A recent case has examined the enforceability of restrictive covenants on the sale of shares. The High Court found that the restrictive covenants were enforceable.
The dispute in Rush Hair Ltd v Gibson-Forbes was in connection with the sale of two hairdressing salons in South-East England, one of which was in Windsor. The share purchase agreement (SPA) between the buyer and seller included two restrictive covenants given by the seller, each of which lasted for two years from the completion date of the SPA – the covenants were:
- a non-poaching covenant – the seller agreed not to canvass, solicit, entice or employ certain named individuals; and
- a non-competition covenant – the seller agreed not, within two miles of each of the salons, to directly or indirectly be engaged, concerned, employed or interested in any similar business.
Within the two year restricted period, the seller then proceeded to open a new salon in Windsor and employed three of the individuals named in the non-poaching covenant. It was claimed by the buyer that this was in breach of both of the covenants.
This was disputed by the seller for a number of reasons, the key one of which was that the covenants should be deemed unenforceable on the grounds that they were a restraint of trade.
The starting point under English law is that people should be free to carry on their business as they see fit – therefore, any covenant that seeks to limit this freedom is prima facie unenforceable. Nonetheless, such covenants can be valid provided that the restriction is no more than is reasonable to protect a party's legitimate interests, considering all of the circumstances – most particularly the duration of the restraint and its geographical scope.
The High Court decided that the restrictive covenants should be upheld. A number of reasons were given for this decision, the key one of which was that the covenants were contained in a SPA – case law has long established that restrictive covenants in a sale agreement are more likely to be viewed as reasonable than those given by an employee. The main justifications for this are two-fold:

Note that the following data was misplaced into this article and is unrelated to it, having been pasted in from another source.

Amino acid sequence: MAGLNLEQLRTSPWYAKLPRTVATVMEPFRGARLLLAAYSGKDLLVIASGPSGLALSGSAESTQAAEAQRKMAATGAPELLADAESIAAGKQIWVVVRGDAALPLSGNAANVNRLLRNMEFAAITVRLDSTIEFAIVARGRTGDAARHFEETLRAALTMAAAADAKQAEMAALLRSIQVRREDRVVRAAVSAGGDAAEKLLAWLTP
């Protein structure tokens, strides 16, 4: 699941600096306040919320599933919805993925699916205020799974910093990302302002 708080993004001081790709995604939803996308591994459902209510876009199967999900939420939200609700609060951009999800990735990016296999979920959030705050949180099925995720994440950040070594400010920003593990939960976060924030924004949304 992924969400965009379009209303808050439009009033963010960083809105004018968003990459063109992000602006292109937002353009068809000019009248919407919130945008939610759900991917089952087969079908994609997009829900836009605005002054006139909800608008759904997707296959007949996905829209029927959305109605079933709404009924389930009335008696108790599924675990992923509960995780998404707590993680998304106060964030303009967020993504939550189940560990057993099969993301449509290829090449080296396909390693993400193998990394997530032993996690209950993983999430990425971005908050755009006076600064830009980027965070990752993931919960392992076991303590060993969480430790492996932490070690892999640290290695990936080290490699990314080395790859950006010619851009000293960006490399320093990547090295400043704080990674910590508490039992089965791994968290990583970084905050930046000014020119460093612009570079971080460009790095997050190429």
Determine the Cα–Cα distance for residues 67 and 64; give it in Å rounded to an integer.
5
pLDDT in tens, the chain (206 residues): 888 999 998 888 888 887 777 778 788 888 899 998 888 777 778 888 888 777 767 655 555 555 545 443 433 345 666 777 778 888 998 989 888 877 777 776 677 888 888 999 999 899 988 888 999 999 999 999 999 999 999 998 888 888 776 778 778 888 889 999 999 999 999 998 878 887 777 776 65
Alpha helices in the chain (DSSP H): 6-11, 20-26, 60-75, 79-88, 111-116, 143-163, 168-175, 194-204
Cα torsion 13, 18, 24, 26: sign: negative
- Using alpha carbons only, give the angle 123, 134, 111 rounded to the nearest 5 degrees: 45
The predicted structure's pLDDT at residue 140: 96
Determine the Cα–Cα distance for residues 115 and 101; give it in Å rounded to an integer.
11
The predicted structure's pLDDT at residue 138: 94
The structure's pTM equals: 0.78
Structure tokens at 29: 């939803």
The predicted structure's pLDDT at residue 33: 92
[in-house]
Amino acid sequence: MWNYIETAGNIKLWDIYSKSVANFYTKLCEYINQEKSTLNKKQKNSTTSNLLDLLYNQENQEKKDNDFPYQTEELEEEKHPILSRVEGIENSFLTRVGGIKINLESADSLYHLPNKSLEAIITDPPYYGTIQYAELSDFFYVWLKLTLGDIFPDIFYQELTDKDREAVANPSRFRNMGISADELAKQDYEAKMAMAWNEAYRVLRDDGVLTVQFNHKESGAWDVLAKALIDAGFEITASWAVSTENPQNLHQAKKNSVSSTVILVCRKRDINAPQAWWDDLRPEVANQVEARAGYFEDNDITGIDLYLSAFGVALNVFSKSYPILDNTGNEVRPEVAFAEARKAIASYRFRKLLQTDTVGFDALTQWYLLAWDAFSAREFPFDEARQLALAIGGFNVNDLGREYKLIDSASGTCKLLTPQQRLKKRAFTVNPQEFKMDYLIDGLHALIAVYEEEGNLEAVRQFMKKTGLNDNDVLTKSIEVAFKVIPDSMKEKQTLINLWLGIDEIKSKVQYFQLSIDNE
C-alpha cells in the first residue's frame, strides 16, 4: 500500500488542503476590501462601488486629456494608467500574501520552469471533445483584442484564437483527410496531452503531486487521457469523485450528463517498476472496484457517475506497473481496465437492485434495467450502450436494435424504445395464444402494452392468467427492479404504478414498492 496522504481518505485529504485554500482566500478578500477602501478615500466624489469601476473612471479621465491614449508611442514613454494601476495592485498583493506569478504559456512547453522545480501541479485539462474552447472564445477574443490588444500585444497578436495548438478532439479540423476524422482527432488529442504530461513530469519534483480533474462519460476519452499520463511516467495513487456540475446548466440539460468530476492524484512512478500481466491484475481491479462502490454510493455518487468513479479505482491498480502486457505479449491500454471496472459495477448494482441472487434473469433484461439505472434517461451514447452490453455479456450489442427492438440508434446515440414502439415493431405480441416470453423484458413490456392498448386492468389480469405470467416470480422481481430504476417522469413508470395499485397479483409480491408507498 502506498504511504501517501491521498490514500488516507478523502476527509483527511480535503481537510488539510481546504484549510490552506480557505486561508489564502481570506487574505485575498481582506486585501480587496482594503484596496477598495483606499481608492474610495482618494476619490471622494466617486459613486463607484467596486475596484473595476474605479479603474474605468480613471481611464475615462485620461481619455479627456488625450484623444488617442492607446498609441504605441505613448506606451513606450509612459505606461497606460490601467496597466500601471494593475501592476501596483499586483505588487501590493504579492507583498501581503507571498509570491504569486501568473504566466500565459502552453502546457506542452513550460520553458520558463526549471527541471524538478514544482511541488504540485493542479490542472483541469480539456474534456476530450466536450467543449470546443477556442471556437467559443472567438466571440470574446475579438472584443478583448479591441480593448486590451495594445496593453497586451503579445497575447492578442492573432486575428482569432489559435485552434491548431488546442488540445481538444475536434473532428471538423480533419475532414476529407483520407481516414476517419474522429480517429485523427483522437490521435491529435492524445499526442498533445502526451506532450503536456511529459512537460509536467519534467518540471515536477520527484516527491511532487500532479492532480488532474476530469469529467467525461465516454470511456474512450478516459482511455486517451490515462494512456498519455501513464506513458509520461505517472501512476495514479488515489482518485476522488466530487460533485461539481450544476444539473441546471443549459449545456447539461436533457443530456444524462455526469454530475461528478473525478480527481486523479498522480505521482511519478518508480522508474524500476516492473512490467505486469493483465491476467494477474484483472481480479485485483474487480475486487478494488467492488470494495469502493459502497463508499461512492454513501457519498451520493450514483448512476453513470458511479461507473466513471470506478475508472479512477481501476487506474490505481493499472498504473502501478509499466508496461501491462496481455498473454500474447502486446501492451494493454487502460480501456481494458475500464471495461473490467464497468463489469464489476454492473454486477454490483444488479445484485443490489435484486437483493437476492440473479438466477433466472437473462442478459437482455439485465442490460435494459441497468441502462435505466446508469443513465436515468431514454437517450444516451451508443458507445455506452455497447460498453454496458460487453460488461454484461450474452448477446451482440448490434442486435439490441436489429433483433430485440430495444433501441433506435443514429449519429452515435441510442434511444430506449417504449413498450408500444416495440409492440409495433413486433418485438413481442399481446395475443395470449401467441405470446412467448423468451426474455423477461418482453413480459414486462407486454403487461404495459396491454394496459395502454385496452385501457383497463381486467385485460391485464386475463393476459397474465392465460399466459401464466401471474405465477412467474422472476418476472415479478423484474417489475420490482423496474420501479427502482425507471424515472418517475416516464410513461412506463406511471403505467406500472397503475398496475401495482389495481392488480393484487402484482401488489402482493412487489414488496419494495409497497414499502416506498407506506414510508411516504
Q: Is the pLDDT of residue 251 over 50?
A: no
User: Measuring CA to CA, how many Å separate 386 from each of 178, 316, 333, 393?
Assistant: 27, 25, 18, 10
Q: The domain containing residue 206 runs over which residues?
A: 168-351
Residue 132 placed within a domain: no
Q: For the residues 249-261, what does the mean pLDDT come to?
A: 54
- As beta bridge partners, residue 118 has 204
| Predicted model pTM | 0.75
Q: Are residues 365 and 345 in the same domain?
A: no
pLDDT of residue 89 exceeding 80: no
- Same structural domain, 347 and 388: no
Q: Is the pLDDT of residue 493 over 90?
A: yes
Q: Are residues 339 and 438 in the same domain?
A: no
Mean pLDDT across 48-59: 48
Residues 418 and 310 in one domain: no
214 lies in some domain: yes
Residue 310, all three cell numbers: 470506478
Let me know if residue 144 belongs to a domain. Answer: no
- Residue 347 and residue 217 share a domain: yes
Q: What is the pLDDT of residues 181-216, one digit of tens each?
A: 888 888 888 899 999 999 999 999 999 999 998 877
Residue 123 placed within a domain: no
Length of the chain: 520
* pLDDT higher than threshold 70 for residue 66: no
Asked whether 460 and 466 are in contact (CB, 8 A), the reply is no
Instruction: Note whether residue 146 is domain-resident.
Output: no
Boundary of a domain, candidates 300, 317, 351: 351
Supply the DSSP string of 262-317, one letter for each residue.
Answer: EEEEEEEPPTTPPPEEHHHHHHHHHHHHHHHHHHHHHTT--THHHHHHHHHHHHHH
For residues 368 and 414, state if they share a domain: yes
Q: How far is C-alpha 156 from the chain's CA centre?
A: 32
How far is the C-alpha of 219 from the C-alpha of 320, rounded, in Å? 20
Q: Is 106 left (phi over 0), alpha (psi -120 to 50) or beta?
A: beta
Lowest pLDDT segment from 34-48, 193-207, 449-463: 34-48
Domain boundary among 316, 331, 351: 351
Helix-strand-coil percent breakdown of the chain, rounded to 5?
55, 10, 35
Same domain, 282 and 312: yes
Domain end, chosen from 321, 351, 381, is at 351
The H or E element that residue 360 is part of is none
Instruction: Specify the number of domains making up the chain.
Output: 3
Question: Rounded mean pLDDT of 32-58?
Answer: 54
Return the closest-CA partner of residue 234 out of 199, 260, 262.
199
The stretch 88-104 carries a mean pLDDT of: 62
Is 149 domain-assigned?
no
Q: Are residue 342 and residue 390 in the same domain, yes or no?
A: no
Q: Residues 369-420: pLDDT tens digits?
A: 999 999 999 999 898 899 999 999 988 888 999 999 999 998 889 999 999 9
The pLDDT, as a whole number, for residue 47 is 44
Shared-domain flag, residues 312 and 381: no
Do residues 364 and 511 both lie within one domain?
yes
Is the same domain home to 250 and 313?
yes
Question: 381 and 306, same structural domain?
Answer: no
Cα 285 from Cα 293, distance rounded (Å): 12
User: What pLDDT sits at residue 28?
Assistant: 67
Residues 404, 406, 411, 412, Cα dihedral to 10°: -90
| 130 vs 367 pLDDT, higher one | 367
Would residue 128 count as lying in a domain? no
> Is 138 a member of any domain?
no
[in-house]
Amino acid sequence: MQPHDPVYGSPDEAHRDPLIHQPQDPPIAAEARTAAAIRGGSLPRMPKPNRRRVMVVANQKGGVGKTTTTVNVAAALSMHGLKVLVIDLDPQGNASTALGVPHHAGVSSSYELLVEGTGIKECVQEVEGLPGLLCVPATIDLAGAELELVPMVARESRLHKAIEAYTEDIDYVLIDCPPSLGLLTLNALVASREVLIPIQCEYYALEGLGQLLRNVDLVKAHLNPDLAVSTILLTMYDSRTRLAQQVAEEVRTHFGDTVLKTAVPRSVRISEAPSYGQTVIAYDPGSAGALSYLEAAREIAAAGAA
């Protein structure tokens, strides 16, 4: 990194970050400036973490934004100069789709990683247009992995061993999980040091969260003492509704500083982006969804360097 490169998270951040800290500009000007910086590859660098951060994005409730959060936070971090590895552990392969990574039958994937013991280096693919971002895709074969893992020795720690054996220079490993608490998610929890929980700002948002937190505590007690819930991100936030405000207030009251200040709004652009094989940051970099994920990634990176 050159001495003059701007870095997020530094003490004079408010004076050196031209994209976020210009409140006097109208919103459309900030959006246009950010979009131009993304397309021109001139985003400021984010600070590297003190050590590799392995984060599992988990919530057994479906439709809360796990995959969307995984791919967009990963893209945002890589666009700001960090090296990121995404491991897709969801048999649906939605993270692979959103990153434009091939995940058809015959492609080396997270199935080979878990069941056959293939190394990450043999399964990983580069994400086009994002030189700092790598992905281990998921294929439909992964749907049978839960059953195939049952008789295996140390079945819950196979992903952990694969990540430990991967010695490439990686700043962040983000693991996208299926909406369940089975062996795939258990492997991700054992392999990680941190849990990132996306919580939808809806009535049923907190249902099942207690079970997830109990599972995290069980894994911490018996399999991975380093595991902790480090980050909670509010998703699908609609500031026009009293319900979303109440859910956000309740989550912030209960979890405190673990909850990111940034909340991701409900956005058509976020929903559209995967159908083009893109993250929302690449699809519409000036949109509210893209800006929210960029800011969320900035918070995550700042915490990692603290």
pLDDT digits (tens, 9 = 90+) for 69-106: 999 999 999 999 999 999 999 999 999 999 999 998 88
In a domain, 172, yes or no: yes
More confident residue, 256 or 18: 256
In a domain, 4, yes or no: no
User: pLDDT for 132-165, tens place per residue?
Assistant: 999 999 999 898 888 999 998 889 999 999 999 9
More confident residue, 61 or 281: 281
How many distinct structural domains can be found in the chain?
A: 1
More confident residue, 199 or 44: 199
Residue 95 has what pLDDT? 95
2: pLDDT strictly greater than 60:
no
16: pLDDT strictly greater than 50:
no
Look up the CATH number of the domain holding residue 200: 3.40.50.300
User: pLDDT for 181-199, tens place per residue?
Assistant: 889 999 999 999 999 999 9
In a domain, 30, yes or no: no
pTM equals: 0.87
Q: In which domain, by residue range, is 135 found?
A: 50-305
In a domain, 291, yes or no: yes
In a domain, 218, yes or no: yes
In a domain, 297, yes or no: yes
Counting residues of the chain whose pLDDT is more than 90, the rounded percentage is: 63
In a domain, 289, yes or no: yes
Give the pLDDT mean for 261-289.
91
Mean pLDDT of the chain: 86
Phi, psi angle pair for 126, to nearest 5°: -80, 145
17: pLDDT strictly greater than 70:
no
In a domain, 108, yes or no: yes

- in order to realise the full potential of a business that is being bought, it might be reasonable for a buyer to look to protect itself from competition from a seller; and
- in the commercial context there is greater freedom of contract than between employee and employer.
The High Court also considered whether or not to pierce the corporate veil of the seller's newly formed company in order to enforce the non-poaching covenant – this argument of the buyer's was rejected as there was seen to be no evidence that the seller had incorporated the company in order to conceal her identity, or to use it as a cloak to evade being bound by the covenant.
This judgement should give comfort to buyers in corporate transactions that restrictive covenants can be enforced. It has reiterated though how important it is that they are carefully drafted – if care is not taken in making sure that the restrictions are reasonable in the context of the transaction, then a buyer may find that they are not protected.